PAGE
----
Interest rises in Marianne Williamson, New Age ‘spiritual guru’ and 2020 Democrat contender
July 10, 2019 (LifeSiteNews) – She’s not yet even a blip in RealClearPolitics’ polling averages of the crowded 2020 Democrat primary field, but “pop religion” author and speaker Marianne Williamson has piqued the curiosity of liberals and conservatives alike.
According to a February ABC News profile, Williamson is a motivational speaker and author of a dozen books rooted in New Age spirituality, who rose to prominence in the 1990s as a recurring guest on Oprah Winfrey’s talk show.
A standard-issue pro-abortion, pro-LGBT progressive who unsuccessfully ran for Congress in 2014, Williamson says she’s running for president because America needs a “moral and spiritual awakening” more so than “just a political mechanic.” For months she faded into obscurity among a primary field that currently contains 25 Democrats, but is enjoying an uptick in attention following the first Democrat debates.
Salon’s Ashlie Stevens dubbed Williamson the “bonkers break-out character” of the debates for her unusual, albeit brief, performance. It was then that she said her first call as president would be to tell New Zealand’s Prime Minister, “girlfriend, you are so wrong” about making her country “the best place in the world for a child to grow up” because “America is going to be the best place.” She also promised to defeat President Donald Trump by “harness[ing] love for political purposes.”
Williamson’s name was the most searched of all the candidates on Google following the debate, The Hill reports. In addition, various old tweets of Williamson’s resurfaced as a source of online mockery for their bizarre New Age sentiments:
When enough minds are vibrating on a high enough level, then all lower thought forms will fall of their own dead weight.— Marianne Williamson (@marwilliamson) April 17, 2011
The entire universe is literally conspiring to give you an amazing day today. Co-conspire.— Marianne Williamson (@marwilliamson) September 8, 2016
If you want a simple explanation for what's happening in America, watch AVATAR again.— Marianne Williamson (@marwilliamson) October 26, 2017
Visualize the oil spill plugged. Close your eyes for 5 minutes and see angels coming over it, filling it with sane and sacred thoughts. #fb— Marianne Williamson (@marwilliamson) May 30, 2010
A grey sky is actually a blue sky covered up by grey clouds. A guilty person is actually an innocent soul covered up by mistaken behavior.— Marianne Williamson (@marwilliamson) March 25, 2012
The chief source of Williamson’s philosophy appears to be the book A Course in Miracles, a purported “complete self-study spiritual thought system” which “teaches that the way to universal love and peace – or remembering God – is by undoing guilt through forgiving others.”
The California-based Foundation for Inner Peace claims the book was “scribed” by Columbia psychologist Helen Schucman from divinely-inspired dreams she took as a “special assignment I had somehow, somewhere agreed to complete,” to “provide a way in which some people will be able to find their own Internal Teacher.” According to the New York Times, Schucman “believed she was channeling new revelations from Jesus Christ himself.”
Williamson credits the book as her “path out of hell” when she read it while struggling with a recurring case of bronchitis and depression. She began teaching courses on it in the 1980s, and in 1992 published her first book, A Return to Love: Reflections on the Principles of A Course in Miracles.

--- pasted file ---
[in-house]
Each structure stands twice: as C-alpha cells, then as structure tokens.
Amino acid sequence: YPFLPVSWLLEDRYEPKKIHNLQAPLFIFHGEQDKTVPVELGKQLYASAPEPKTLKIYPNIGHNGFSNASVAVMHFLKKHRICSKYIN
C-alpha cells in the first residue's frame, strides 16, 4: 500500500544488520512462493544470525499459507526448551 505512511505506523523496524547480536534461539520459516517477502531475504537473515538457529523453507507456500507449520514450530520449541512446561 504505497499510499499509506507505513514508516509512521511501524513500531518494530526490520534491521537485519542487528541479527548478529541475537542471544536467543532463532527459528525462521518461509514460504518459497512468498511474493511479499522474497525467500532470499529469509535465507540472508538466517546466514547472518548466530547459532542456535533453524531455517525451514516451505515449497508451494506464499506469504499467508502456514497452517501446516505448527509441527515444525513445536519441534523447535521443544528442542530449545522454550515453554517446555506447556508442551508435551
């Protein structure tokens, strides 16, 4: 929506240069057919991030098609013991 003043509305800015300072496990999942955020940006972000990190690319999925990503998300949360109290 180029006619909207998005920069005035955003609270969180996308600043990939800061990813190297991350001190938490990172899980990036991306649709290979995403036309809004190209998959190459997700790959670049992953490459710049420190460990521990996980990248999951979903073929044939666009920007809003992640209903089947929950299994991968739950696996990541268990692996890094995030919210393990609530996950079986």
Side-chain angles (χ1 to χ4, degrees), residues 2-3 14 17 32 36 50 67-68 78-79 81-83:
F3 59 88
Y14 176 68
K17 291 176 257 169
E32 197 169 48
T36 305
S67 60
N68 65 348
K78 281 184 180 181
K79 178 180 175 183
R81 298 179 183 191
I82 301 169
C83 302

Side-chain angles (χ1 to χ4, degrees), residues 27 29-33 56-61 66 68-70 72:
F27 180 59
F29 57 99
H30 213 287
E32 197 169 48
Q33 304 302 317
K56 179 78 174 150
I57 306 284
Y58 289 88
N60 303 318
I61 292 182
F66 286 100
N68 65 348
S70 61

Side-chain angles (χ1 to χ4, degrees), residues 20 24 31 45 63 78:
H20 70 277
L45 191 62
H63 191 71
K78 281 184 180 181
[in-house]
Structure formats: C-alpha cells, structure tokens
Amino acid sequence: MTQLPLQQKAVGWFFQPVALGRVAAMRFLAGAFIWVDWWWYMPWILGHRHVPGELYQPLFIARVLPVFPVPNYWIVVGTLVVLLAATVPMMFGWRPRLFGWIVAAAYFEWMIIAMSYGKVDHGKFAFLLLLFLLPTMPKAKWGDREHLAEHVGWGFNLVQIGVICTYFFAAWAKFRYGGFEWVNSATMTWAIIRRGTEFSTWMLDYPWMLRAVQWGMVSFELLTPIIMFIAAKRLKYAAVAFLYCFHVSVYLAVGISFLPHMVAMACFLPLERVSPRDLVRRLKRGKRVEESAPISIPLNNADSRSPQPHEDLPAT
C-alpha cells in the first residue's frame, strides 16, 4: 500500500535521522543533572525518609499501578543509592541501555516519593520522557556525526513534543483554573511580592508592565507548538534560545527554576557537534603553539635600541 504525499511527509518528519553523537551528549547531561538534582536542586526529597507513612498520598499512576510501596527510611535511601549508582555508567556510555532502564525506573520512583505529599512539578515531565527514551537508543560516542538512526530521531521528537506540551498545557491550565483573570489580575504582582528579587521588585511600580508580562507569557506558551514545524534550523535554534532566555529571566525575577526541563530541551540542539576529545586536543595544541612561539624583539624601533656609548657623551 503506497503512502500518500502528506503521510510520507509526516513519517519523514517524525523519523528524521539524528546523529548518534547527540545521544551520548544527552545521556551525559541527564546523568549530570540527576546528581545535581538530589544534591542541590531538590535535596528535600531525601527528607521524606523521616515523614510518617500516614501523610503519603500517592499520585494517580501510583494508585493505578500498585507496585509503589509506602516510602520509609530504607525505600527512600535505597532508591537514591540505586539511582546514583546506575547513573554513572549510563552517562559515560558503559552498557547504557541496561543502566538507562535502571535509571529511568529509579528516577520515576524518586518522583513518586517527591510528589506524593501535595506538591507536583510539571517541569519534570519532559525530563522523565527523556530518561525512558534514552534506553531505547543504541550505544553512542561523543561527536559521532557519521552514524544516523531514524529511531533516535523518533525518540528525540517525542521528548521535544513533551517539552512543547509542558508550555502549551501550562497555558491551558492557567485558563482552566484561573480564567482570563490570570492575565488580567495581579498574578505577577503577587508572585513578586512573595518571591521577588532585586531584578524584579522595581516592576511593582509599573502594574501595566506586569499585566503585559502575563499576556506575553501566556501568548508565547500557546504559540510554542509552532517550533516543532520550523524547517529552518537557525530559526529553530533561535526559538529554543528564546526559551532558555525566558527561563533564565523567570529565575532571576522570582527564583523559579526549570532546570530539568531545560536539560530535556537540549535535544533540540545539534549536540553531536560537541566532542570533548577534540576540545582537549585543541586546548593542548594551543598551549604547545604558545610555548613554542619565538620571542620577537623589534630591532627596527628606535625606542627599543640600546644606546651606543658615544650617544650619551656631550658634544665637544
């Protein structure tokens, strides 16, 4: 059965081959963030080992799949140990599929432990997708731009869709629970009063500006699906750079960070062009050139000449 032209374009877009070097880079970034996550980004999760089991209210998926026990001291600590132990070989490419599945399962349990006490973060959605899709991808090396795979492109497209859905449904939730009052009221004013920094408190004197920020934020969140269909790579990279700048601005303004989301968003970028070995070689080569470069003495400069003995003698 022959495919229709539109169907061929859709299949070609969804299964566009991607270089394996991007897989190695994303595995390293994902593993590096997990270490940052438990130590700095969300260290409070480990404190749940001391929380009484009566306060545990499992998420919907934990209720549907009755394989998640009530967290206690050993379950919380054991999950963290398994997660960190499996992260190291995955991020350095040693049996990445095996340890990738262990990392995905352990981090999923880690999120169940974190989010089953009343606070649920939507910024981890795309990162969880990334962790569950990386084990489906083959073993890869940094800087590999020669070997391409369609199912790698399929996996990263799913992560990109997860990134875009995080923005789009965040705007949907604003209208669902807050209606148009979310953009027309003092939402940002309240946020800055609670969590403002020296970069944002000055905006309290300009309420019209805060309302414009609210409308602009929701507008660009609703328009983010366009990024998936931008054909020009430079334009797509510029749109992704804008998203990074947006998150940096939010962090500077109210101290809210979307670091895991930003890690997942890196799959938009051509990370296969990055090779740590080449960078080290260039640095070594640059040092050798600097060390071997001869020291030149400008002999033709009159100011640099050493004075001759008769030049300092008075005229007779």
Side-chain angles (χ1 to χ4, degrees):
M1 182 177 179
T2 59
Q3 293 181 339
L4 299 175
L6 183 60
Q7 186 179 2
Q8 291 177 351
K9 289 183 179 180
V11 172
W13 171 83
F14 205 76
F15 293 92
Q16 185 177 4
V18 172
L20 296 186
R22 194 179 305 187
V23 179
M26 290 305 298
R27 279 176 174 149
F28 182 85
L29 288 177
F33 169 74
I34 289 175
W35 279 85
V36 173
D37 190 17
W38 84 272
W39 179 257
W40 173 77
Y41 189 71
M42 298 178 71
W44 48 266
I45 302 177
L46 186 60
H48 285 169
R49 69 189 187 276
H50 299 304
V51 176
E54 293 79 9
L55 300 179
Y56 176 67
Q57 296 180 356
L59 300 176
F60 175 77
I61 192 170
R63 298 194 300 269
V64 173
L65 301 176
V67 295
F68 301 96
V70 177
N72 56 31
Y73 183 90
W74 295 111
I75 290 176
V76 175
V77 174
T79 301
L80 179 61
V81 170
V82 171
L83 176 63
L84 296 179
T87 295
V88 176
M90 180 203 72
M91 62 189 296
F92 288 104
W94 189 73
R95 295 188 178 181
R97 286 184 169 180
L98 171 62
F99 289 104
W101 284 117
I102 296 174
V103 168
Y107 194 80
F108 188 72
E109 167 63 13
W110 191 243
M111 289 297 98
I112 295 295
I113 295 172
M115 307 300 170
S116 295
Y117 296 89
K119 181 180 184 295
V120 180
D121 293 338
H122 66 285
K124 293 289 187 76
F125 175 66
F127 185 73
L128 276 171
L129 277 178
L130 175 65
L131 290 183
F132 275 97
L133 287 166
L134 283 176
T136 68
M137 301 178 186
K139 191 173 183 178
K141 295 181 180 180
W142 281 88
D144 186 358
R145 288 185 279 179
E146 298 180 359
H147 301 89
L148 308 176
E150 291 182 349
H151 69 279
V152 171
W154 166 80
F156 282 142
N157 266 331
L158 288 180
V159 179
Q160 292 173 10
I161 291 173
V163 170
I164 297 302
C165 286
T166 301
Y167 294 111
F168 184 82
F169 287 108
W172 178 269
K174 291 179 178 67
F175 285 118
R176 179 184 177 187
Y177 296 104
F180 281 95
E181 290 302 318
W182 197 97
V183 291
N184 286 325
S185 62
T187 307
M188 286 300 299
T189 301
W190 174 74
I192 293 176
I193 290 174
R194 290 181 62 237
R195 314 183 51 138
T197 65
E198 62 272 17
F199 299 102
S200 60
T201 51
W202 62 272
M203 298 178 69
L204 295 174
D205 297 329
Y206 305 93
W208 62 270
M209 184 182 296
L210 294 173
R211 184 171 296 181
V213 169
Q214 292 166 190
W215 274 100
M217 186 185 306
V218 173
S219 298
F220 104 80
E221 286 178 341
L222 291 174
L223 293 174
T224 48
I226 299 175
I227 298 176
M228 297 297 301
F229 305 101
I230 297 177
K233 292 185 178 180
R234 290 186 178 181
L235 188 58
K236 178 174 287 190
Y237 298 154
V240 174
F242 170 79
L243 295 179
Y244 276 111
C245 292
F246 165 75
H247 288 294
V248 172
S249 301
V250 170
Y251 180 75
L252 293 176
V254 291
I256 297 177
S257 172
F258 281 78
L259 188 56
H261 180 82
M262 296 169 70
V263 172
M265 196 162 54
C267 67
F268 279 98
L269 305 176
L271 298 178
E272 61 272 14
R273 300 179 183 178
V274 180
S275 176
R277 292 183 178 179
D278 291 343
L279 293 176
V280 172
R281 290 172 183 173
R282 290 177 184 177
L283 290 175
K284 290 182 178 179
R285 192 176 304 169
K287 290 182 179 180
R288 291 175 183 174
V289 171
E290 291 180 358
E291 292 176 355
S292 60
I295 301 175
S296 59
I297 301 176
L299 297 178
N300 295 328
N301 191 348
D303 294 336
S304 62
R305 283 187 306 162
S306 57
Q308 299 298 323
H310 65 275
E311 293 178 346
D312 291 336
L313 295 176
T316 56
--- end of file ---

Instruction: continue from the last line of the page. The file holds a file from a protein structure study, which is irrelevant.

“Before the Course, I felt like I was on a desperate journey to find God, but as much as I climbed up this huge flight of stone steps in front of a cathedral, my knees bloody and my elbows bloody, the cathedral door was locked,” she told the Times. “And when I read the Course, I thought I understood the key.”
While virtually nobody expects Williamson to make it onto a future Democrat ticket, and many dismiss Williamson’s brand of spirituality as the sort of fringe silliness that’s long been popular in certain left-wing circles, others argue the theology of A Course in Miracles is harmful to a proper cultural understanding of faith, and her candidacy could help popularize it.
The text can be tempting to “nominal Christians in the church who have recognized the bankruptcy of theological liberalism and desire more spiritual ‘reality’ in their lives,” the Christian Research Institute (CRI) warns, but ultimately “indoctrinates its students in Eastern metaphysics and human potential psychicism, while it specifically insulates them against biblical revelation and true Christianity.”
The “proper” attitudes advocated in the book include the “rejection of biblical understandings about such issues as sin, guilt, and atonement” while accepting “New Age occult teachings, such as pantheism (All is God, God is All) and psychic development,” CRI explains. “In biblical teaching, the Atonement is based on the fact that man’s sinfulness separates him from God,” but “in the Course, the word ‘atonement’ involves the exact opposite: one is not, and never has been, separate from God.”
“As a result of this distorted theology, the Course’s approach to ‘salvation’ lies in understanding that no one requires salvation in the biblical sense because all men and women are already divine,” CRI adds. “‘Sin, guilt, death, judgment, propitiatory atonement, and other biblical doctrines are viewed as ‘attack’ philosophies by the Course; that is, they are concepts that supposedly stand in the way of spiritual ‘progress’ and severely damage the realization of our ‘true’ divine nature.”
Williamson has one daughter, India, whose paternity she has never publicly disclosed.
Some conservatives have advocated donating to Williamson’s campaign for the purpose of keeping her in future debates to embarrass the Democrat Party and for her entertainment value.